How to Stay Afloat When You Lost Your Healthcare Job in the Pandemic
By: Sharon Wagner of seniorfriendly.info
It’s truly unfortunate that as even as the coronavirus pandemic descended upon the world, putting innumerable medical practitioners in danger as they fought—and continue to fight—the virus on the frontlines, many of their peers and colleagues have lost their jobs at the same time.
In fact, as the virus peaked in some areas in April 2020, it was also reported that 1.4 million jobs in healthcare were lost. At the same time, hospitals are reportedly losing revenue, which contributes heavily to these job losses.
If you’re a healthcare worker finding yourself in such a terrible situation, no doubt, you’re very fearful of what this pandemic has brought to the table. But for the time being, it’s likely your priority is to stay afloat until we get to the better days ahead of us. Here are some helpful tips.
Get out of your comfort zone.
As a healthcare worker, you likely have a very specific skill set. For this reason, you may feel like you have very few options outside of the job that you’ve lost because of the pandemic. However, you’ll be surprised to know that there are other opportunities out there—perhaps not specific to what you know and love, but still within the realm of your capabilities. It’s important, therefore, to keep an open mind and consider venturing out of your comfort zone while you’re in between jobs.
Now, when you work in healthcare, no doubt, you’re used to more physical interaction. With that said, there’s definitely nothing more out-of-the-box than working remotely. This is a highly feasible option in this day and age, as there are plenty of opportunities that span a wide range of skill sets and talents. Indeed, it’s relatively easy to find remote work opportunities and operate in the comforts of your own home as a writer, teacher, personal trainer, etc.—maybe even in niches related to your field to give you an edge.
And while still on the subject of remote work, it can be argued that this is, by and large, the best way to work in the age of social distancing. But the fact is, long before the pandemic, many have already been working remotely and online, so it can be an easy-enough transition for most as the infrastructure is already there.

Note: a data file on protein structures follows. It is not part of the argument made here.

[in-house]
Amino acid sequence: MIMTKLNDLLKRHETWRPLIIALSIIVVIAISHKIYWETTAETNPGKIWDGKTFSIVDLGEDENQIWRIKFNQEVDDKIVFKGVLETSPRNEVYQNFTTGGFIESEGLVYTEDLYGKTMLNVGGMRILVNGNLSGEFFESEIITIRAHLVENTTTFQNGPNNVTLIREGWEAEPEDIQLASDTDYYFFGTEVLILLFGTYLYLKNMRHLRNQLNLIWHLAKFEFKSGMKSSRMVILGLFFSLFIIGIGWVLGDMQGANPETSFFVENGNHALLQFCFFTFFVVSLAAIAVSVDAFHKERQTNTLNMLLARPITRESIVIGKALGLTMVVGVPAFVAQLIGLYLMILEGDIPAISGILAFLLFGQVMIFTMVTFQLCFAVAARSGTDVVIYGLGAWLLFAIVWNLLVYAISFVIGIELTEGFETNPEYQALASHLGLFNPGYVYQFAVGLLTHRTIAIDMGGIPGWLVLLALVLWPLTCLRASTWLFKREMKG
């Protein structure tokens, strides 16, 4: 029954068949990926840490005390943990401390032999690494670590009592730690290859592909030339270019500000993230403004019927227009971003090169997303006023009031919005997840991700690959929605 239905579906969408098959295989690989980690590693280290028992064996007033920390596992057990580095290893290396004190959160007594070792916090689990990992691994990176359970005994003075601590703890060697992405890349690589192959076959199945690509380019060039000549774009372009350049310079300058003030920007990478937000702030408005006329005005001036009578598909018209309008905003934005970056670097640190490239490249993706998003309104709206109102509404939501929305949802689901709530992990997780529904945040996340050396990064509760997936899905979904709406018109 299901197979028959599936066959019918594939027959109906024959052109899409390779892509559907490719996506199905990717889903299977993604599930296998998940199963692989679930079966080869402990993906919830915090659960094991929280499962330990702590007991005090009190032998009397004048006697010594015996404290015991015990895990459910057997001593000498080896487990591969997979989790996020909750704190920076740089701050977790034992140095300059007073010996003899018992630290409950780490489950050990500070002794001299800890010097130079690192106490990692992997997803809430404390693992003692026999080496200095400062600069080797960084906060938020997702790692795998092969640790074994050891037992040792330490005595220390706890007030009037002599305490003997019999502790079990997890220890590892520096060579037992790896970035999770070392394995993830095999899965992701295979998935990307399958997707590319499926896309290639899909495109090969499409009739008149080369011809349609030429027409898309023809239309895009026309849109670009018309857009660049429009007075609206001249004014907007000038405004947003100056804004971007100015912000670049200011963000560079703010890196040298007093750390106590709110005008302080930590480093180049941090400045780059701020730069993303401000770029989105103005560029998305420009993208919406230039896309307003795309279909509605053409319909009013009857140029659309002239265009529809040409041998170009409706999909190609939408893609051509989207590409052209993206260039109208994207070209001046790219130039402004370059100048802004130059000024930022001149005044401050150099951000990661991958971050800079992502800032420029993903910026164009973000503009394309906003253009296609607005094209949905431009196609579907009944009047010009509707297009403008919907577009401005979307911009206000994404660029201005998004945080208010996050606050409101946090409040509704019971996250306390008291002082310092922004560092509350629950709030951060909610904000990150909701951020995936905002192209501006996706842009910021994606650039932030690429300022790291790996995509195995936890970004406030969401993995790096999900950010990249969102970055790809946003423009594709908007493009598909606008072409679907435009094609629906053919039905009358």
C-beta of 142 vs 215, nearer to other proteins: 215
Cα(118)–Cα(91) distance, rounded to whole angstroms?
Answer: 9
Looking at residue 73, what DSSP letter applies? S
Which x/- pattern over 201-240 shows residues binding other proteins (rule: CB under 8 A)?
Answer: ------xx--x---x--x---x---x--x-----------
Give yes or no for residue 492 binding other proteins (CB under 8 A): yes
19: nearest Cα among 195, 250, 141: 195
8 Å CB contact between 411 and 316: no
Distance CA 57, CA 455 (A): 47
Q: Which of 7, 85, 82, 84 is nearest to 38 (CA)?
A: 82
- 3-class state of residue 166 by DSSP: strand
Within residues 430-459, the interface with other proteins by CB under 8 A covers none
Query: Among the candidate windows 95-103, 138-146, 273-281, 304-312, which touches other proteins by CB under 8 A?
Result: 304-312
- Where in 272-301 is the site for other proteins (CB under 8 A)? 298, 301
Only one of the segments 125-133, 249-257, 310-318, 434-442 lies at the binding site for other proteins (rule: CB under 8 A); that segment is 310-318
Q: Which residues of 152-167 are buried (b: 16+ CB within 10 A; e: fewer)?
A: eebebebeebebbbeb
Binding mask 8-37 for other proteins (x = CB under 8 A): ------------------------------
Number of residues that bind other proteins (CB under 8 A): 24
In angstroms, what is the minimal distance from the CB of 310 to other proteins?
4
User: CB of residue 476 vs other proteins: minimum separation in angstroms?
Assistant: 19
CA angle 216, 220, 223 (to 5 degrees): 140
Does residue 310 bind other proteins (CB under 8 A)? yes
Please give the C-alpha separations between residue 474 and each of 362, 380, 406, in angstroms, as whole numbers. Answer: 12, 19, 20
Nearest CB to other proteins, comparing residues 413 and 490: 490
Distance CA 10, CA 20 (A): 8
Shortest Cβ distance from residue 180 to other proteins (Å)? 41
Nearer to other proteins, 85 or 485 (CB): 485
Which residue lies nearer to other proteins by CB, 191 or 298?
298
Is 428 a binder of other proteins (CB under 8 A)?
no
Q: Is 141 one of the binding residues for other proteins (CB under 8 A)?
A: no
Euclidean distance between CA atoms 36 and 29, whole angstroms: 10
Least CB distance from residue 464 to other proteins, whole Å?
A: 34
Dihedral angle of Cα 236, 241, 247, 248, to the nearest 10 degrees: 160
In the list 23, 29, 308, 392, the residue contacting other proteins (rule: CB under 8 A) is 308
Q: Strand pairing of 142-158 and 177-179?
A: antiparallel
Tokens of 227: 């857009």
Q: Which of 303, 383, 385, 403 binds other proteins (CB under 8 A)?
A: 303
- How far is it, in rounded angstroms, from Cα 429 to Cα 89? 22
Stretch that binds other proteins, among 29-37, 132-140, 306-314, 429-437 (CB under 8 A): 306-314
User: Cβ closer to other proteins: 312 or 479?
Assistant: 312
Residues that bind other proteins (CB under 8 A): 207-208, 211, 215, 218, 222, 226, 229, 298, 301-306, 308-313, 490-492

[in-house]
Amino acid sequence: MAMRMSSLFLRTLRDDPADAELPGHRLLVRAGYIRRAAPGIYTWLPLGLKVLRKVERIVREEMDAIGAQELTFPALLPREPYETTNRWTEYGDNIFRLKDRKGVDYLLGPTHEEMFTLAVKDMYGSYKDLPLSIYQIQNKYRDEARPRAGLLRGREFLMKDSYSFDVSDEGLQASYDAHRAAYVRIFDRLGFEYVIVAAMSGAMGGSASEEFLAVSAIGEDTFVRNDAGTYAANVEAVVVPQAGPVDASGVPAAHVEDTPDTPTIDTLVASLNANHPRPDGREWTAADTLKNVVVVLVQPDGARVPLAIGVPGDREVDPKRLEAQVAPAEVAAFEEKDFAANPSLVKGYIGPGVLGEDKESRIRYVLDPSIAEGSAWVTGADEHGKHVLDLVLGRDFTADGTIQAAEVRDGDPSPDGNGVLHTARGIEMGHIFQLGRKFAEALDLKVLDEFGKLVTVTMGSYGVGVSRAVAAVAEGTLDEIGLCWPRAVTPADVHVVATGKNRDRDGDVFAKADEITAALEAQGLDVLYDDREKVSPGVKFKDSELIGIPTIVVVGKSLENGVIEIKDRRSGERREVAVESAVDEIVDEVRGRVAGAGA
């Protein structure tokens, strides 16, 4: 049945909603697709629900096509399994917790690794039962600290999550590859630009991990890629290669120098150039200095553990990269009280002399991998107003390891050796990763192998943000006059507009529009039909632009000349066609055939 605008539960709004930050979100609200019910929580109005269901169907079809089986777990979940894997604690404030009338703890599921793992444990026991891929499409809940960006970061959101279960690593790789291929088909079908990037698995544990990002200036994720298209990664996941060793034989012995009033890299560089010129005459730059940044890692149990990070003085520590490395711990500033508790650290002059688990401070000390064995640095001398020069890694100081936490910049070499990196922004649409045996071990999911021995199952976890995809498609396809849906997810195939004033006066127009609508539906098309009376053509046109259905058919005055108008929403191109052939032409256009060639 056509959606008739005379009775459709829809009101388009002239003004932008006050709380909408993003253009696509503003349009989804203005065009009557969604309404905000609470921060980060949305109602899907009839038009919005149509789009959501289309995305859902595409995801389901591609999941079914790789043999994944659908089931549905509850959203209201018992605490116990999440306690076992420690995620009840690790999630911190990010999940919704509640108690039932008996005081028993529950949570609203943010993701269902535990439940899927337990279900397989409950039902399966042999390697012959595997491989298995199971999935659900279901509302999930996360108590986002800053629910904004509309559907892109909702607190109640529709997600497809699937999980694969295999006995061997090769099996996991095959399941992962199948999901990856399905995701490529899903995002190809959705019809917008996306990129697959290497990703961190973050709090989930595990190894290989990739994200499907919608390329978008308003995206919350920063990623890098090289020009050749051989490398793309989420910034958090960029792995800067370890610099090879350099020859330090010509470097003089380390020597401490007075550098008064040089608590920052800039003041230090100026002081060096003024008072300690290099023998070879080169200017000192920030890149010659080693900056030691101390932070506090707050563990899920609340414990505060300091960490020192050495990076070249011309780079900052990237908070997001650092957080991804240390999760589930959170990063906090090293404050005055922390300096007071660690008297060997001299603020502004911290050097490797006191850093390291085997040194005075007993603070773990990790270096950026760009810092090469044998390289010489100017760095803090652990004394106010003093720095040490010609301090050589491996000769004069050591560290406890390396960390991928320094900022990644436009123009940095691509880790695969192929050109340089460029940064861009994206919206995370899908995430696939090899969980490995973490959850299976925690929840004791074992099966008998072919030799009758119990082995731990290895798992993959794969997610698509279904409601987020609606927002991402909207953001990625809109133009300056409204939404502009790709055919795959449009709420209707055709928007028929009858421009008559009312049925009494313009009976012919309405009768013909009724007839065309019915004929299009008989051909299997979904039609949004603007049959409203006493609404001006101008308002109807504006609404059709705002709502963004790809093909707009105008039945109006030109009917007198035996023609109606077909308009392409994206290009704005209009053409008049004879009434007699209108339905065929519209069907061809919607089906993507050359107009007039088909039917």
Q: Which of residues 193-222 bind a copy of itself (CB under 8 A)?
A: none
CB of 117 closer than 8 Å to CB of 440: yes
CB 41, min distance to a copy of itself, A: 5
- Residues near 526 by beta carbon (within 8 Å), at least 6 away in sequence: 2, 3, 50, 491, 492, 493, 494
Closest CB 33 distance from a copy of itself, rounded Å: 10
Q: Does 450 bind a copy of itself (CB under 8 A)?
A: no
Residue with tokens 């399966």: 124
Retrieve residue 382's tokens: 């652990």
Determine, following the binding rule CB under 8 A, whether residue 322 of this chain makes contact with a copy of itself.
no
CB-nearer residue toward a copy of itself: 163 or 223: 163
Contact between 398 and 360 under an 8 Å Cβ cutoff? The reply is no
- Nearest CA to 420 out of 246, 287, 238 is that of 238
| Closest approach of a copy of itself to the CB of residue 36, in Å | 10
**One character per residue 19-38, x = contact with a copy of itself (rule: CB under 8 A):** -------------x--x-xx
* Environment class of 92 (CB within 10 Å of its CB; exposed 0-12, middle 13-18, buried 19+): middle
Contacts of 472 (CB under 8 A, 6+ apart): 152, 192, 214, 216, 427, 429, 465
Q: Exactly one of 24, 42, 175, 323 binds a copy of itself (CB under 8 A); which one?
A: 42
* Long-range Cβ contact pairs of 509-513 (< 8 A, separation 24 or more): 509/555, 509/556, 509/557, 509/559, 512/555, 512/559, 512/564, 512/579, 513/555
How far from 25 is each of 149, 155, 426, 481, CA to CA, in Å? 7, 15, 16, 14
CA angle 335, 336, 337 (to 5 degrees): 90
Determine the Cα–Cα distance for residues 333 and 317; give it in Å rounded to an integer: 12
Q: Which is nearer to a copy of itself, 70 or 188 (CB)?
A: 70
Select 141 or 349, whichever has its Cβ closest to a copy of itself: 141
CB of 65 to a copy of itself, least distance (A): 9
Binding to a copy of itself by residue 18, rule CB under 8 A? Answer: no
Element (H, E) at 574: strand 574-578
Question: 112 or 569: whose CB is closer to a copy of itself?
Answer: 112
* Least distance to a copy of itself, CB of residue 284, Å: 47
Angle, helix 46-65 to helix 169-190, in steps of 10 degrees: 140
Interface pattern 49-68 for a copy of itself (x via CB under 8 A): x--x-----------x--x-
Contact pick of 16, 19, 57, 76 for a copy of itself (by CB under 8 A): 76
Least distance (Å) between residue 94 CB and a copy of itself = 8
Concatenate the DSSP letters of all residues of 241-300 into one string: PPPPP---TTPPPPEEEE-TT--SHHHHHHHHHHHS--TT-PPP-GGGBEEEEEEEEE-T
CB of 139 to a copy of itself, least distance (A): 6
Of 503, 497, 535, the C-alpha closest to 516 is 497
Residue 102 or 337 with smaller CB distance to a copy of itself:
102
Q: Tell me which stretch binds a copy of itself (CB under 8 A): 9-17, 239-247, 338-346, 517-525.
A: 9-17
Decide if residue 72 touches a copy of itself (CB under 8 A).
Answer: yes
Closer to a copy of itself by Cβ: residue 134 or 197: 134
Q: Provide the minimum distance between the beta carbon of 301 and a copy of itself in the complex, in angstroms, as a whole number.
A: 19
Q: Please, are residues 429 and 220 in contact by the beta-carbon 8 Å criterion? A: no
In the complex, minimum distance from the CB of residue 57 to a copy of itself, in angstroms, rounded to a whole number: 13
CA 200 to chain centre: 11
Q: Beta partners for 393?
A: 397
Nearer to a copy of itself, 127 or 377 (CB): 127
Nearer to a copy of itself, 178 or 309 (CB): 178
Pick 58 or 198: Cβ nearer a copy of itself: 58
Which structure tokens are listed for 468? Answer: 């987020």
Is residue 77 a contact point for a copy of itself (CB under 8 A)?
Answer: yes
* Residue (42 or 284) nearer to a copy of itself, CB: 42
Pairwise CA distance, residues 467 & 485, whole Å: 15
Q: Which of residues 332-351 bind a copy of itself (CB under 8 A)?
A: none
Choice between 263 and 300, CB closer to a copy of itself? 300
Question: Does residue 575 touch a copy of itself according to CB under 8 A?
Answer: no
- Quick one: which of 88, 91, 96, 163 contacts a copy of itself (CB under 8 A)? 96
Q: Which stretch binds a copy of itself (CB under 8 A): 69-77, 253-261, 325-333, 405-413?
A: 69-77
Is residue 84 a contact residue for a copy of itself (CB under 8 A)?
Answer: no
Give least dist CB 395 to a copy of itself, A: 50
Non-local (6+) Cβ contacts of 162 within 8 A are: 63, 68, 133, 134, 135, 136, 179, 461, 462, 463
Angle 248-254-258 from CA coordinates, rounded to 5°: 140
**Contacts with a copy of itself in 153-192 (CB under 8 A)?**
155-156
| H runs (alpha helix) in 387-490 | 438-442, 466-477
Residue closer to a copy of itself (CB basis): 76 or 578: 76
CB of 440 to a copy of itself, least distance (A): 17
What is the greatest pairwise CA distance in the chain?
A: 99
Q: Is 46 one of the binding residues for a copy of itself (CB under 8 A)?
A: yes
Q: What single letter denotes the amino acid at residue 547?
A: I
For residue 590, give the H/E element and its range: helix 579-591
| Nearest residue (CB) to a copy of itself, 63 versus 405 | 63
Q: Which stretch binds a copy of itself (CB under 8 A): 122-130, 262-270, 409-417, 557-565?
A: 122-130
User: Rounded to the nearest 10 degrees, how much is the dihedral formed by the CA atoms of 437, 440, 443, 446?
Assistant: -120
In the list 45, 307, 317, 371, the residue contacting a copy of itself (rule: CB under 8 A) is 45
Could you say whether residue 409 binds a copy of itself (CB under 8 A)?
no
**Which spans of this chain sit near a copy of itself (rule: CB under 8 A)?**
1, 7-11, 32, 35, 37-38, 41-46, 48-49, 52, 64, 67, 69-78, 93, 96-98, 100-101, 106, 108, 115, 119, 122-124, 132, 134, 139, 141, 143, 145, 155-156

Getting started is also a simple enough matter of setting up a profile on freelancing websites. These sites connect freelancers from various industries such as marketing, development, administrative support, and many more with those that require their services. So for example, if you lost your job as an administrator in a dentist’s or physician’s office, you can explore administrative, virtual assistant, or consulting jobs and create a compelling profile that’s geared toward these functions. If you need to rework your resume to enhance your prospects, visit Get Landed for professional and stylish resume templates that can help you stand out from the crowd.
Once you find freelance work, you may start to enjoy the flexibility working from home offers. If you’re going to freelance full-time, consider creating an LLC for your freelancing business. This entity protects your assets in case of litigation, and there’s less paperwork and simplified tax filing. Instead of hiring an attorney, you can affordably register your LLC through a formation service like Zenbusiness, Inc.
Give available assistance a shot.
There are plenty of relief funds available that are worth exploring. Many of these come from the private sector, as well as various industry groups and nonprofits, so you might need to do a bit of due diligence in this regard. However, many of these grants can help you make ends meet even beyond the pandemic, so it definitely can’t hurt to check your eligibility.
Indeed, the COVID-19 pandemic has not only been scary, but also incredibly disruptive, especially financially. If you’re one of the many who has lost their livelihood at this time, it may even feel like rock bottom. But as they say, there’s no other way to go but up when you’re down.
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About the Author:
Sharon Wagner uses her site Senior Friendly to offer advice geared specifically toward seniors to help them make healthier choices and enjoy their golden years.